Includes alternate takes of five scenes, including several less-than-effective attempts at the now- iconic boom box scene.
Deleted Scenes (SD, 13:17)
There are ten deleted scenes; the most interesting include a creepy teacher hitting on Diane, Lloyd confronting his fear of old people chewing food, and another song about Joe.
Extended Scenes (SD, 24:39)
To differentiate the old from the new in these thirteen extended sequences, the parts of the scenes that exist the film are shown in black and white, while the excised pieces are in color.
Vintage Featurette (SD, 6:58)
EPK featurettes really haven't changed at all over the years! Here you'll find talking head interviews, clips from the film, and a bit of behind-the-scenes footage.
Photo Gallery (1080p, 6:20)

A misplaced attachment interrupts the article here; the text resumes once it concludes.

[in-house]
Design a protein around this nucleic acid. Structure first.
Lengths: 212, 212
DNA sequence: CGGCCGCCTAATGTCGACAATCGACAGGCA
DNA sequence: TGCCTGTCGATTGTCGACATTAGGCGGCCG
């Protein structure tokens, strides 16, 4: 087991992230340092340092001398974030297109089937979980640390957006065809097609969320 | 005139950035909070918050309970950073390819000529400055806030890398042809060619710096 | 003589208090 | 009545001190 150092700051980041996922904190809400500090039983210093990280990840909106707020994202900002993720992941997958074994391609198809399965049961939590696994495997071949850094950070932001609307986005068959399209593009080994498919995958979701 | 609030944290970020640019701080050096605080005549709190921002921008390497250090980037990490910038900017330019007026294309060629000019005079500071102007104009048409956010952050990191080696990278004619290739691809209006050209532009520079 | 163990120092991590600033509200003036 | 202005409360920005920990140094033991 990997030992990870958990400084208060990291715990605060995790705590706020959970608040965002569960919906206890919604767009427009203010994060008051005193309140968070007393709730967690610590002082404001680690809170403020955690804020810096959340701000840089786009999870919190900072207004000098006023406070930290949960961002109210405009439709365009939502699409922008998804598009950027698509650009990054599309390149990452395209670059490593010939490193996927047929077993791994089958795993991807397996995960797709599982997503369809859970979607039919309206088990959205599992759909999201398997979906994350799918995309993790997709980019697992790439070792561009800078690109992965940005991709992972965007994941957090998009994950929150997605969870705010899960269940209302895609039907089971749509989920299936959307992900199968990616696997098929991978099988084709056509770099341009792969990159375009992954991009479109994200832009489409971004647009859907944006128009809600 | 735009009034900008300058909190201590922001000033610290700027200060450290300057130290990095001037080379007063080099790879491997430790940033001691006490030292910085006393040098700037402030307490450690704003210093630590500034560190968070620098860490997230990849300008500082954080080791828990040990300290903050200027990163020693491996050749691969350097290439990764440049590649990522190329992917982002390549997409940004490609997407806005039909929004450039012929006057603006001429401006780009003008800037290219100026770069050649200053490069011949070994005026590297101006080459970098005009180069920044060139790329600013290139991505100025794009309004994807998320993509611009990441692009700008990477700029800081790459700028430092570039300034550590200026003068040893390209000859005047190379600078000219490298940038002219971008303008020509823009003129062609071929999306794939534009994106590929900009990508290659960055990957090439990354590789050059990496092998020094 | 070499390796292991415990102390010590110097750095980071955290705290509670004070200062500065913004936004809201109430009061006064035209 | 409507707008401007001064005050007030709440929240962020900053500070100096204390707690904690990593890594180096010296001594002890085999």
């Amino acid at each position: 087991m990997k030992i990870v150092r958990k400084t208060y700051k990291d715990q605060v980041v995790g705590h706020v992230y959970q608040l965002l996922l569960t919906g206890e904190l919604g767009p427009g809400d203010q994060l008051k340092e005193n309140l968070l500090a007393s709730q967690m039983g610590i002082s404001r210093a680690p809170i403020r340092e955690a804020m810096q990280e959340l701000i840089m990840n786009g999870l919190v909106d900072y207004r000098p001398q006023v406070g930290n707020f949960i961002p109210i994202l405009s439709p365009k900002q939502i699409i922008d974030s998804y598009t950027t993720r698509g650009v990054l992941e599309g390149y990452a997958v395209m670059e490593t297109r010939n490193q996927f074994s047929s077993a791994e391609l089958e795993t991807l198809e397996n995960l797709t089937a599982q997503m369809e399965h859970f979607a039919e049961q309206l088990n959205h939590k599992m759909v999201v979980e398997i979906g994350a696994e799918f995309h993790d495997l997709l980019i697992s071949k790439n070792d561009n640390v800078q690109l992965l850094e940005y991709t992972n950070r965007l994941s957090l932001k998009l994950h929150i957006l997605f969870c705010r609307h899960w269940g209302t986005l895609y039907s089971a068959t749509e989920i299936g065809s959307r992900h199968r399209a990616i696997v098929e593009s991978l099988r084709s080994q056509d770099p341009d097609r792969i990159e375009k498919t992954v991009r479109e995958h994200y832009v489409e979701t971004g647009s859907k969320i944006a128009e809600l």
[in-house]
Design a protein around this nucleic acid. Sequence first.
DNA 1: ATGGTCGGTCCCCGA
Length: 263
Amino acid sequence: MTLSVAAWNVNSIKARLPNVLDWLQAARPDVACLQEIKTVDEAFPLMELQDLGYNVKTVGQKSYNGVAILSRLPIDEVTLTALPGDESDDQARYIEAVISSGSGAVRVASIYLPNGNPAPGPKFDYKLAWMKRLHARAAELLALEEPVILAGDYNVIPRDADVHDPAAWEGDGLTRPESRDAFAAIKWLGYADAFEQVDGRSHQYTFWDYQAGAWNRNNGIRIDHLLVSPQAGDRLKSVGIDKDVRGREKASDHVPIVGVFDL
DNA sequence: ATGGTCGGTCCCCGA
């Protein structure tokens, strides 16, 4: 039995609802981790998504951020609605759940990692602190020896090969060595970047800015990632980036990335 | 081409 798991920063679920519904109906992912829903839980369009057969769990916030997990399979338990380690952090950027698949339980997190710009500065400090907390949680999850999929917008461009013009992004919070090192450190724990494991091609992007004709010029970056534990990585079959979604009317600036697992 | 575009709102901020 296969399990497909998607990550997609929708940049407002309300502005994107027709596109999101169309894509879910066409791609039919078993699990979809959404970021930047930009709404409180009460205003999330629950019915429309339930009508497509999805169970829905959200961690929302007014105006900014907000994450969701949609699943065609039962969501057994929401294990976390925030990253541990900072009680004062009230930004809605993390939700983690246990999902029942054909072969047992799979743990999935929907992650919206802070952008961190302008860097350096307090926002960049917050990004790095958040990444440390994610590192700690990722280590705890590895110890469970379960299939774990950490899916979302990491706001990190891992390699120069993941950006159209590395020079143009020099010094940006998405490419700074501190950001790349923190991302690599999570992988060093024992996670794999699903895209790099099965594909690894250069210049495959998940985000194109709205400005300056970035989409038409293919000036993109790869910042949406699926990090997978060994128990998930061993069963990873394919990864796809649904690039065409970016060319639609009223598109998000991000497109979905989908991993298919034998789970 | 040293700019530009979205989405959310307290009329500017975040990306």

This self-playing gallery contains loads of publicity shots, stills, and on-set photos.
TV Spots (SD, 4:17 total)
Trailers (SD, 4:36 total)
Say Anything... Blu-ray, Overall Score and Recommendation
I love Say Anything. Sweet, funny, charming, and full of relatable characters, it's likely to echo your own post-high school experiences in one way or another. It's also one of the best teen romance films ever and I'm glad to see it receive such a great treatment on Blu-ray. Highly recommended.
Say Anything... Blu-ray, News and Updates
• Today on Blu-ray - November 3rd - November 3, 2009
When 'Forrest Gump' received its theatrical release 15 years ago, the media quickly latched onto the realistic special effects used to insert Tom Hanks character into a number of historically significant film footage that can be seen throughout the film. ...
• Say Anything Blu-ray Announced and Detailed - August 21, 2009
20th Century Fox Home Entertainment has announced that it will release Cameron Crowe's teen romantic comedy 'Say Anything...' on Blu-ray on November 3. This 20th anniversary edition BD carries over all of the bonus materials of the previous DVD edition and adds ...
Say Anything... Blu-ray Screenshots